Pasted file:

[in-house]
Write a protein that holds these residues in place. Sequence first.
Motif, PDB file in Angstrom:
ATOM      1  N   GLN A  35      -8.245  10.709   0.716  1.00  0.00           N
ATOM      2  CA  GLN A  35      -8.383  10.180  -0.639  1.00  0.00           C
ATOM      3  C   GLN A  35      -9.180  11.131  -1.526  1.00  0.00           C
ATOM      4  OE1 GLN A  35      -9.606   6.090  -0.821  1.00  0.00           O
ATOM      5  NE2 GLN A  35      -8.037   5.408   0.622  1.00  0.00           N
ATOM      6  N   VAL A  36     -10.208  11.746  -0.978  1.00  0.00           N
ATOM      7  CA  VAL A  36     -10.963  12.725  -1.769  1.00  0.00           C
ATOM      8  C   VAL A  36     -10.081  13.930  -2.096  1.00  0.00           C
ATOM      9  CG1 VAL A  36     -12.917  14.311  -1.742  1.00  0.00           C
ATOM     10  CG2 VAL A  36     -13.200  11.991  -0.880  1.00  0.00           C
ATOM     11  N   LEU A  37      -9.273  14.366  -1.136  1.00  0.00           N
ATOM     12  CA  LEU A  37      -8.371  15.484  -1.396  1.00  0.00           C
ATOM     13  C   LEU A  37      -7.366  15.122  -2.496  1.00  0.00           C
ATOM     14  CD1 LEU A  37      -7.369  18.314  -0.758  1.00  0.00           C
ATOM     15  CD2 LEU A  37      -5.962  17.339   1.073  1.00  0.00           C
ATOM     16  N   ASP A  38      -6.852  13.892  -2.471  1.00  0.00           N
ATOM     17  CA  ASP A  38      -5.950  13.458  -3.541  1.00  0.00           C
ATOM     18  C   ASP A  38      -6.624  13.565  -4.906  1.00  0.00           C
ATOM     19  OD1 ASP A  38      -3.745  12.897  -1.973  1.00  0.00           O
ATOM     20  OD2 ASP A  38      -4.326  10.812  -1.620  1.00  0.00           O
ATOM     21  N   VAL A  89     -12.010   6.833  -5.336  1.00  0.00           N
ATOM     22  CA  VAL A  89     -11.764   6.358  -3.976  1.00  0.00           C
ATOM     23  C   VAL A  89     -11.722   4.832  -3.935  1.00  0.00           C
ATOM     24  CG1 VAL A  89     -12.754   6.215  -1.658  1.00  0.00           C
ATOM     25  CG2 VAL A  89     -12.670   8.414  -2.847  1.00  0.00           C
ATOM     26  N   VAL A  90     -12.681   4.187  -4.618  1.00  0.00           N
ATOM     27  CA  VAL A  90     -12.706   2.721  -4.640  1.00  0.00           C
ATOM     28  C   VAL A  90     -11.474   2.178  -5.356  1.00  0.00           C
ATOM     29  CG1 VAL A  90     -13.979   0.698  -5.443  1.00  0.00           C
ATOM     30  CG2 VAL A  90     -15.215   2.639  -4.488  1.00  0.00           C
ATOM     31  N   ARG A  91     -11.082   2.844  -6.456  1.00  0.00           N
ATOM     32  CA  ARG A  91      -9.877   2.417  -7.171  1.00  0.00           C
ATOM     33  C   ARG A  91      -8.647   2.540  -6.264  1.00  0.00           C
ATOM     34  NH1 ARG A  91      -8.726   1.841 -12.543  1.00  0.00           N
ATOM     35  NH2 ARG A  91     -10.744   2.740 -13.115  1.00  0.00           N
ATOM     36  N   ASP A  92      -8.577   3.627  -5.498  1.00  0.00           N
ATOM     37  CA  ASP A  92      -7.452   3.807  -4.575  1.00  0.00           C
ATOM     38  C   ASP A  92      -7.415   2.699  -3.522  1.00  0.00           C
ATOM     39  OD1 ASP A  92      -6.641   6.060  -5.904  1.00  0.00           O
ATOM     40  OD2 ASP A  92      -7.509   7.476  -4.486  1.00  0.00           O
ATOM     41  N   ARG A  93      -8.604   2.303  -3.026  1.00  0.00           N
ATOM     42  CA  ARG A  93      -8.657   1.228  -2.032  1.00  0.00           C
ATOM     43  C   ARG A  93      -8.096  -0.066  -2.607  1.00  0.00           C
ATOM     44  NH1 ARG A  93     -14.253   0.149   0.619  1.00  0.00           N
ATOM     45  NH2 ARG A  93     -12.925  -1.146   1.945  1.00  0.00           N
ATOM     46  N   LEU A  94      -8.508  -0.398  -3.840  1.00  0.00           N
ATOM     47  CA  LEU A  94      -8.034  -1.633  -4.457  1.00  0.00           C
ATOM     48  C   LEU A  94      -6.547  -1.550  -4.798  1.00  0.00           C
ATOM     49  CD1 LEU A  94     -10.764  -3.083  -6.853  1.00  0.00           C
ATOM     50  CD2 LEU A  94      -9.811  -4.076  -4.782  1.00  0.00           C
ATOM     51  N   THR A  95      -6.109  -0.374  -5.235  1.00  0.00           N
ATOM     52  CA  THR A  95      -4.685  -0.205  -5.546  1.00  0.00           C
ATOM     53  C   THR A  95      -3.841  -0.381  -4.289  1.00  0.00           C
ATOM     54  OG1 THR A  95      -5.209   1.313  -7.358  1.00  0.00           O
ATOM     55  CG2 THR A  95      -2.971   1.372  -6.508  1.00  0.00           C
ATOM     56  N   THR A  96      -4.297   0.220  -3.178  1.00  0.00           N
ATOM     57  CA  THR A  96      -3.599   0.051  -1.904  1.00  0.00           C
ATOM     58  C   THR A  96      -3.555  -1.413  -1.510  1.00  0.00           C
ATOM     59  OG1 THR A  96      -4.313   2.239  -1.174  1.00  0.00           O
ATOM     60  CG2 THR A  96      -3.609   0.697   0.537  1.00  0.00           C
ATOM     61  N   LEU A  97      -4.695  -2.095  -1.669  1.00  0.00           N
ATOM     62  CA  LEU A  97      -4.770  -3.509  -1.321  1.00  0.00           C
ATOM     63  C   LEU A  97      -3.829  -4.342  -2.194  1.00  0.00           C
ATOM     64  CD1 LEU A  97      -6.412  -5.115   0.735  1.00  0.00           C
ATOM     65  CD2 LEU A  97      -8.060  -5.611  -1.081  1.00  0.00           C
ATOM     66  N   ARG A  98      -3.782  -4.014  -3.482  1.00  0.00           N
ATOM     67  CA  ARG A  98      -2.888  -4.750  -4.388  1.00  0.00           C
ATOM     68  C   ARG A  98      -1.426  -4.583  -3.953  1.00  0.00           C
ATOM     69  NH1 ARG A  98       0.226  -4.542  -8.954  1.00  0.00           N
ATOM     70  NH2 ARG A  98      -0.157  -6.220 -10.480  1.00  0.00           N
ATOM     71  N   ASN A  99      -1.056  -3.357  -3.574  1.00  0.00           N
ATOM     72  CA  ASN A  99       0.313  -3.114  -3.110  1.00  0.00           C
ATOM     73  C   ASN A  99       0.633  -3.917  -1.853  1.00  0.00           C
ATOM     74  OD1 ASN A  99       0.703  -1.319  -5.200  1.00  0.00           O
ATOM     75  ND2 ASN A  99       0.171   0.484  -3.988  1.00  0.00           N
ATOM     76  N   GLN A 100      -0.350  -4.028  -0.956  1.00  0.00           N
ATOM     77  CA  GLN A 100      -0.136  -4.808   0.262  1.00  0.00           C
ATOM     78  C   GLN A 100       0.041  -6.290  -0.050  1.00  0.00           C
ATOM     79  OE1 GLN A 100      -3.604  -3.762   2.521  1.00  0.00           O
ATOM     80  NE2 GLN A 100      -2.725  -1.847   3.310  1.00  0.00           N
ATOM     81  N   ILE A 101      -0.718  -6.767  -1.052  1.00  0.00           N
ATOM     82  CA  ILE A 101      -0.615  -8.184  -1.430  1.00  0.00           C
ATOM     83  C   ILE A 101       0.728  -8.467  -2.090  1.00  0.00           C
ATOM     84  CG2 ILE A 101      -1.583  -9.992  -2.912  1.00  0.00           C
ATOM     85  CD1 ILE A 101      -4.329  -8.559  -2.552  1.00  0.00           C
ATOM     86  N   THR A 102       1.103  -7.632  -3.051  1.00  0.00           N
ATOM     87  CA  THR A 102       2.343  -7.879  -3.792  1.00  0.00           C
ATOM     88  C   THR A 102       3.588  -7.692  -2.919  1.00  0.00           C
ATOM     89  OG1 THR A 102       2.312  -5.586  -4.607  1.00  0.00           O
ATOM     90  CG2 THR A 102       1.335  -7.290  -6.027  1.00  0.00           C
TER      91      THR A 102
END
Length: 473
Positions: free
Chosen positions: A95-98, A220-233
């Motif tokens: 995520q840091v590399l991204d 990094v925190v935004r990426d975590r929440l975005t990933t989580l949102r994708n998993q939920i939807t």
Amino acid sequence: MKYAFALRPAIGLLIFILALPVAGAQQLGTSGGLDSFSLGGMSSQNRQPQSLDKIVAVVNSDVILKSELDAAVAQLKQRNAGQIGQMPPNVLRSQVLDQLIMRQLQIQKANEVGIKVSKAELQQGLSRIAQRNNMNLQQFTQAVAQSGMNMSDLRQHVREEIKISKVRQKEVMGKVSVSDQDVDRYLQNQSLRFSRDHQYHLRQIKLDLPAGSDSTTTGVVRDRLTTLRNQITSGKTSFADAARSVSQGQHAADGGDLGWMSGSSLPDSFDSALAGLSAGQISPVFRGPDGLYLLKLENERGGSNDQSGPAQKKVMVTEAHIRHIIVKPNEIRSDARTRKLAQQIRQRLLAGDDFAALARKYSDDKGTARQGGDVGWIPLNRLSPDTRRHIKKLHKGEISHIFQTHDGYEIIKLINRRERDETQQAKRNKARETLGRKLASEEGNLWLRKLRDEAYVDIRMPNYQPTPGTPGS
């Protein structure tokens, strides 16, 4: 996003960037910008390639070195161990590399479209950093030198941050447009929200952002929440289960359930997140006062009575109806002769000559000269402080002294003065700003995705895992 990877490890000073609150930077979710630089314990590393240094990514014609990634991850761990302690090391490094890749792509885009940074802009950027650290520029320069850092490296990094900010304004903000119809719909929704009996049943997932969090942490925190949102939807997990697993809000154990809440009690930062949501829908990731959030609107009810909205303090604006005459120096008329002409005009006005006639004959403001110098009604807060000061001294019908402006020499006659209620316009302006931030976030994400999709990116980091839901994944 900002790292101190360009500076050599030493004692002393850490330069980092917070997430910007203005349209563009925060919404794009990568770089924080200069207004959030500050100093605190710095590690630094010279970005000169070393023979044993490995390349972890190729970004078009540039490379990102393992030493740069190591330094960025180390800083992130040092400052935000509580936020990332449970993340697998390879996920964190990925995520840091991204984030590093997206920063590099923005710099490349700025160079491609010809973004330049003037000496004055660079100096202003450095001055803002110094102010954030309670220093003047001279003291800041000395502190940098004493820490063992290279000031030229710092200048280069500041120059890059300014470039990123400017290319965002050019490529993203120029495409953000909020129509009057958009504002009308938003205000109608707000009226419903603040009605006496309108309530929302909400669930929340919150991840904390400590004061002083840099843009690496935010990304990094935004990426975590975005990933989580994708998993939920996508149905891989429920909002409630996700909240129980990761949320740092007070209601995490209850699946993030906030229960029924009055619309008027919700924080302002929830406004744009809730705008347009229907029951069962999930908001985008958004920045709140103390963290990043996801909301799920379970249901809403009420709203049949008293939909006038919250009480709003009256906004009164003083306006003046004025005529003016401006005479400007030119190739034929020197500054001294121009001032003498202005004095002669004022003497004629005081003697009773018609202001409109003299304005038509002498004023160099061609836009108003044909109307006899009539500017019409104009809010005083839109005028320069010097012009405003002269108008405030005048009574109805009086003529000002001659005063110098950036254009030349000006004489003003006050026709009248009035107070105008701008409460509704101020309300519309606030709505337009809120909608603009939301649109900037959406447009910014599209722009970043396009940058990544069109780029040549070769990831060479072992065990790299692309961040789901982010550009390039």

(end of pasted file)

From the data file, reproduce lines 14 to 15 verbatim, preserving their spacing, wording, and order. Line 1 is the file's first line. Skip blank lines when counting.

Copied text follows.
ATOM     11  N   LEU A  37      -9.273  14.366  -1.136  1.00  0.00           N
ATOM     12  CA  LEU A  37      -8.371  15.484  -1.396  1.00  0.00           C